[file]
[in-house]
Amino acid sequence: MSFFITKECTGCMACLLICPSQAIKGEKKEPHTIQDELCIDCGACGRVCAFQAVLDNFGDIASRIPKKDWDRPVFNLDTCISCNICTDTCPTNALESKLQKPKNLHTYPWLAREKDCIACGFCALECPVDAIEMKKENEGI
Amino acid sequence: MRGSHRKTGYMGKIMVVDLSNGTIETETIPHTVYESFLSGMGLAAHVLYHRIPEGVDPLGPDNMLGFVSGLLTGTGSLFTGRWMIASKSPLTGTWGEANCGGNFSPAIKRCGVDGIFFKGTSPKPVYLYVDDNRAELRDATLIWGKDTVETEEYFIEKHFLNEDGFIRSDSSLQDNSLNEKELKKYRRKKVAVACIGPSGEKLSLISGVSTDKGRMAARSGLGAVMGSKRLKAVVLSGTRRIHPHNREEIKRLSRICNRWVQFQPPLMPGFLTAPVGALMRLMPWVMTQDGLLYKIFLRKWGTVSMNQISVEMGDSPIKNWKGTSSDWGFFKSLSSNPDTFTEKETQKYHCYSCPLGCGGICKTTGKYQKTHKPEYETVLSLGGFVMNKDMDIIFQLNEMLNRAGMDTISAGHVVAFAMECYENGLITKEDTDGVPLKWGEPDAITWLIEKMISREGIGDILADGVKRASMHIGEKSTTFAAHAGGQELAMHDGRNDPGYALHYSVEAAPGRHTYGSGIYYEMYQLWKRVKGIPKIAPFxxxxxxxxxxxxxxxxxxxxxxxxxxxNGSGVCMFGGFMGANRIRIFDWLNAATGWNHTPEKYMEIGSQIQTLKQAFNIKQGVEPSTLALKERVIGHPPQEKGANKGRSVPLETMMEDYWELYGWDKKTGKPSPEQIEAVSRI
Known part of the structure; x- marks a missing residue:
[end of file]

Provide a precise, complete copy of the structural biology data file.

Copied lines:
[in-house]
Amino acid sequence: MSFFITKECTGCMACLLICPSQAIKGEKKEPHTIQDELCIDCGACGRVCAFQAVLDNFGDIASRIPKKDWDRPVFNLDTCISCNICTDTCPTNALESKLQKPKNLHTYPWLAREKDCIACGFCALECPVDAIEMKKENEGI
Amino acid sequence: MRGSHRKTGYMGKIMVVDLSNGTIETETIPHTVYESFLSGMGLAAHVLYHRIPEGVDPLGPDNMLGFVSGLLTGTGSLFTGRWMIASKSPLTGTWGEANCGGNFSPAIKRCGVDGIFFKGTSPKPVYLYVDDNRAELRDATLIWGKDTVETEEYFIEKHFLNEDGFIRSDSSLQDNSLNEKELKKYRRKKVAVACIGPSGEKLSLISGVSTDKGRMAARSGLGAVMGSKRLKAVVLSGTRRIHPHNREEIKRLSRICNRWVQFQPPLMPGFLTAPVGALMRLMPWVMTQDGLLYKIFLRKWGTVSMNQISVEMGDSPIKNWKGTSSDWGFFKSLSSNPDTFTEKETQKYHCYSCPLGCGGICKTTGKYQKTHKPEYETVLSLGGFVMNKDMDIIFQLNEMLNRAGMDTISAGHVVAFAMECYENGLITKEDTDGVPLKWGEPDAITWLIEKMISREGIGDILADGVKRASMHIGEKSTTFAAHAGGQELAMHDGRNDPGYALHYSVEAAPGRHTYGSGIYYEMYQLWKRVKGIPKIAPFxxxxxxxxxxxxxxxxxxxxxxxxxxxNGSGVCMFGGFMGANRIRIFDWLNAATGWNHTPEKYMEIGSQIQTLKQAFNIKQGVEPSTLALKERVIGHPPQEKGANKGRSVPLETMMEDYWELYGWDKKTGKPSPEQIEAVSRI
Known part of the structure; x- marks a missing residue: